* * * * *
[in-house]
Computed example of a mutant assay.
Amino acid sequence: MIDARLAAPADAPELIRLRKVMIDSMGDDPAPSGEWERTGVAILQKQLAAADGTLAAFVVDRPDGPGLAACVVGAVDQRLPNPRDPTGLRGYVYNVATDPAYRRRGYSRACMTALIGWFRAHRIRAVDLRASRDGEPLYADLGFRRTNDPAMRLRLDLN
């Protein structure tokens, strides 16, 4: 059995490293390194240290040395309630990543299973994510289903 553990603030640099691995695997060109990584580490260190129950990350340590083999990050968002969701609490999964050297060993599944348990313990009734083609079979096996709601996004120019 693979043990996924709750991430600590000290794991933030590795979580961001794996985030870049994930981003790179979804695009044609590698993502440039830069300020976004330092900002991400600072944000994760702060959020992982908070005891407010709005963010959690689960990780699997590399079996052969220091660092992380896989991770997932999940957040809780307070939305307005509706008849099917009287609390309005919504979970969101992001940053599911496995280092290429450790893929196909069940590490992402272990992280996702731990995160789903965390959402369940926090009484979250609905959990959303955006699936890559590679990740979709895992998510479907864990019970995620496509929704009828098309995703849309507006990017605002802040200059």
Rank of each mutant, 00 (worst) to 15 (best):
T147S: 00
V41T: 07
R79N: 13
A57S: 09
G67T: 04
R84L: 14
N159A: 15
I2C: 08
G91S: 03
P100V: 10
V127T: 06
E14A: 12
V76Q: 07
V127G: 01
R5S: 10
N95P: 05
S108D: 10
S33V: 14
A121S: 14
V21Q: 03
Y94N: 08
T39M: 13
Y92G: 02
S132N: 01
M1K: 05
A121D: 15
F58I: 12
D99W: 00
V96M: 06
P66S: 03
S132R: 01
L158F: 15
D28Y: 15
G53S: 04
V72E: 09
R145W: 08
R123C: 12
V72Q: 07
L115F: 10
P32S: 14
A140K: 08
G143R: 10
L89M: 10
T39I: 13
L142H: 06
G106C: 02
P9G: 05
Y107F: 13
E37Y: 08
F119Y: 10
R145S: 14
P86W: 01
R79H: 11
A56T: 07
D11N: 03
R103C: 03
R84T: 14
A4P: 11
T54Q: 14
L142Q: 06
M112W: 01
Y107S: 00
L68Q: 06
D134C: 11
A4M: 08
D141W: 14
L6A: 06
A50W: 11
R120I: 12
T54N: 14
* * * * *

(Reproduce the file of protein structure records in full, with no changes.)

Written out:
[in-house]
Computed example of a mutant assay.
Amino acid sequence: MIDARLAAPADAPELIRLRKVMIDSMGDDPAPSGEWERTGVAILQKQLAAADGTLAAFVVDRPDGPGLAACVVGAVDQRLPNPRDPTGLRGYVYNVATDPAYRRRGYSRACMTALIGWFRAHRIRAVDLRASRDGEPLYADLGFRRTNDPAMRLRLDLN
């Protein structure tokens, strides 16, 4: 059995490293390194240290040395309630990543299973994510289903 553990603030640099691995695997060109990584580490260190129950990350340590083999990050968002969701609490999964050297060993599944348990313990009734083609079979096996709601996004120019 693979043990996924709750991430600590000290794991933030590795979580961001794996985030870049994930981003790179979804695009044609590698993502440039830069300020976004330092900002991400600072944000994760702060959020992982908070005891407010709005963010959690689960990780699997590399079996052969220091660092992380896989991770997932999940957040809780307070939305307005509706008849099917009287609390309005919504979970969101992001940053599911496995280092290429450790893929196909069940590490992402272990992280996702731990995160789903965390959402369940926090009484979250609905959990959303955006699936890559590679990740979709895992998510479907864990019970995620496509929704009828098309995703849309507006990017605002802040200059």
Rank of each mutant, 00 (worst) to 15 (best):
T147S: 00
V41T: 07
R79N: 13
A57S: 09
G67T: 04
R84L: 14
N159A: 15
I2C: 08
G91S: 03
P100V: 10
V127T: 06
E14A: 12
V76Q: 07
V127G: 01
R5S: 10
N95P: 05
S108D: 10
S33V: 14
A121S: 14
V21Q: 03
Y94N: 08
T39M: 13
Y92G: 02
S132N: 01
M1K: 05
A121D: 15
F58I: 12
D99W: 00
V96M: 06
P66S: 03
S132R: 01
L158F: 15
D28Y: 15
G53S: 04
V72E: 09
R145W: 08
R123C: 12
V72Q: 07
L115F: 10
P32S: 14
A140K: 08
G143R: 10
L89M: 10
T39I: 13
L142H: 06
G106C: 02
P9G: 05
Y107F: 13
E37Y: 08
F119Y: 10
R145S: 14
P86W: 01
R79H: 11
A56T: 07
D11N: 03
R103C: 03
R84T: 14
A4P: 11
T54Q: 14
L142Q: 06
M112W: 01
Y107S: 00
L68Q: 06
D134C: 11
A4M: 08
D141W: 14
L6A: 06
A50W: 11
R120I: 12
T54N: 14